AFTER two months on the high seas, a floating regasification unit (FRU) from China is expected in Ghana on Thursday that will provide Ghanaians and West Africans better access to liquified natural gas (LNG) in the first quarter of 2021.
The purpose-built FRU, which was built by Jiangnan Shipbuilding, a subsidiary of China State Shipbuilding Corporation, left the Jiangnan shipyard at the end of November.
It is being delivered to the Tema LNG Terminal Company (TLTC), the first offshore LNG receiving terminal in sub-Saharan Africa, which is backed by Helios Investment Partners, and Africa Infrastructure Investment Managers (AIIM).
Helios is an Africa-focused private investment firm that manages funds totalling $3.6 billion.
AIIM manages investments in East, West and Southern Africa and has equity of $1.6 billion under management.
The Tema terminal will use a combination of the FRU twinned with an existing LNG carrier to receive, store and regasify LNG.
The companies said in a press release that the system would provide Ghana with ‘all the functionality of a large scale FRU-terminal, but with added flexibility, allowing it to respond to rapidly increasing domestic gas demand with a cleaner and more affordable energy solution’.
Industry experts see this development as part of the process of securing Africa’s energy future in the wake of the Covid-19 pandemic.
The International Energy Agency (IEA) noted that in sub-Saharan Africa, the pandemic had put almost seven years of progress into reverse, with the number of those lacking electricity rising to more than 590 million people this year, an increase of 13 million.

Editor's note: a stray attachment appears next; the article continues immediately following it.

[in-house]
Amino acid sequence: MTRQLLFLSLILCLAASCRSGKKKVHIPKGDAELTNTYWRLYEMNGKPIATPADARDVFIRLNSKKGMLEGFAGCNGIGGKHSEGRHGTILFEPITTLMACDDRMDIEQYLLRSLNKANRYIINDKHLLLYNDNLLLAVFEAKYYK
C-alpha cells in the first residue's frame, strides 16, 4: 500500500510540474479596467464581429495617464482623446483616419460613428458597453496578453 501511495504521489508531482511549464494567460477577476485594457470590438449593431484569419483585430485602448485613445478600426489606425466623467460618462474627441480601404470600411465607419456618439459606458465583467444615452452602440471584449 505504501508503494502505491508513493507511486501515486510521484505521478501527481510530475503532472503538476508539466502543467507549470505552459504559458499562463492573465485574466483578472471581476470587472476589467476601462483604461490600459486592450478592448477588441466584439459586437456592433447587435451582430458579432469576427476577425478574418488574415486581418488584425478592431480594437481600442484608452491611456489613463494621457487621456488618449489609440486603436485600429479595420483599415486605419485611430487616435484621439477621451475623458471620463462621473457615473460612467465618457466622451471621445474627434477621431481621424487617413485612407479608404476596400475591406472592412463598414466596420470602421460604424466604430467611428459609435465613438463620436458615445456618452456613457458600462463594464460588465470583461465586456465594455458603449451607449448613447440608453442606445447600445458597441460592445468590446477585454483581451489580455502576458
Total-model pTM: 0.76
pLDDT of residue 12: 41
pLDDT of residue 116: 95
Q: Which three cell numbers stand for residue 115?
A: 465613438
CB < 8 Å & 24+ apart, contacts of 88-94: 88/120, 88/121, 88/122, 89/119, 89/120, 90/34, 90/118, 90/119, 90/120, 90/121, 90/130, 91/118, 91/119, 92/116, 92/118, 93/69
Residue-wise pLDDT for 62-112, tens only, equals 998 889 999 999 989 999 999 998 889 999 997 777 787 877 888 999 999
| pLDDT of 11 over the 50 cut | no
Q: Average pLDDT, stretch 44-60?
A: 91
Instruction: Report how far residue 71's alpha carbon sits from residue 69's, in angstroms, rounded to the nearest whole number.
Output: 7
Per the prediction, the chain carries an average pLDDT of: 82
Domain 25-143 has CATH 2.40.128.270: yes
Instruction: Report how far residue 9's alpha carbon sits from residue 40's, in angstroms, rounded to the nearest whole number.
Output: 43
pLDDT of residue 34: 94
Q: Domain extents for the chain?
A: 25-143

At the same time, the IEA pointed out, Africa’s energy demands up to 2040 were set to grow twice as fast as the global average to support the continent’s economic transformation.
‘This rapid increase in demand will present new challenges: raising adequate investment; managing growing import dependence; and mitigating the environmental impact of energy production and use,’ the IEA said.
Edmund Agyeman-Duah, the project manager at TLTC, said: ‘The Tema LNG terminal aims to meet Ghana’s growing energy demand through an innovative yet cost-efficient, reliable supply.
‘Once operational, this FRU will allow the Tema LNG facility to receive, regasify, store and deliver roughly 1.7 million tonnes of LNG a year – 30 per cent of Ghana’s general capacity. ‘Tema LNG’s year-round supply of gas will enable the Ghana National Petroleum Corporation to supply reliable and cost-effective gas into the Tema power and industrial enclave, while strengthening West Africa’s energy security,’ he added
The FRU will be located within the Tema Port, where TLTC has built additional marine infrastructure that will allow for cost-efficient LNG loading and regasification without affecting maritime and port traffic in the Gulf of Guinea.
LNG will be supplied under a long-term contract with Shell.
The onshore reception facilities will receive the gas from the FRU via subsea pipelines, before delivering natural gas to customers.
Ogbemi Ofuya of Helios Investment Partners said: ‘The Tema LNG terminal project supports Ghana’s ambitions to continue on its trajectory as one of the fastest growing economies in Africa, by delivering the energy infrastructure to support accelerated industrialisation.
‘As evidenced in similar fast-growing economies in Asia and Latin America, the introduction of LNG into the energy mix serves as a catalyst for industrial and economic growth.
‘The year-round, guaranteed supply of LNG and piped gas through the Tema LNG terminal facilitates forward planning and investments in receiving infrastructure by power plants, mines and industries across the West Africa region who are currently reliant on more expensive liquid fuels,’ he went on.
An added advantage, the companies involved said, was that the switch to gas would deliver a ‘significant environmental benefit and supports the transition to cleaner burning fuels in the region by reducing CO2 emissions and eliminating sulphur emissions, in line with the Paris Climate Accord objectives’.
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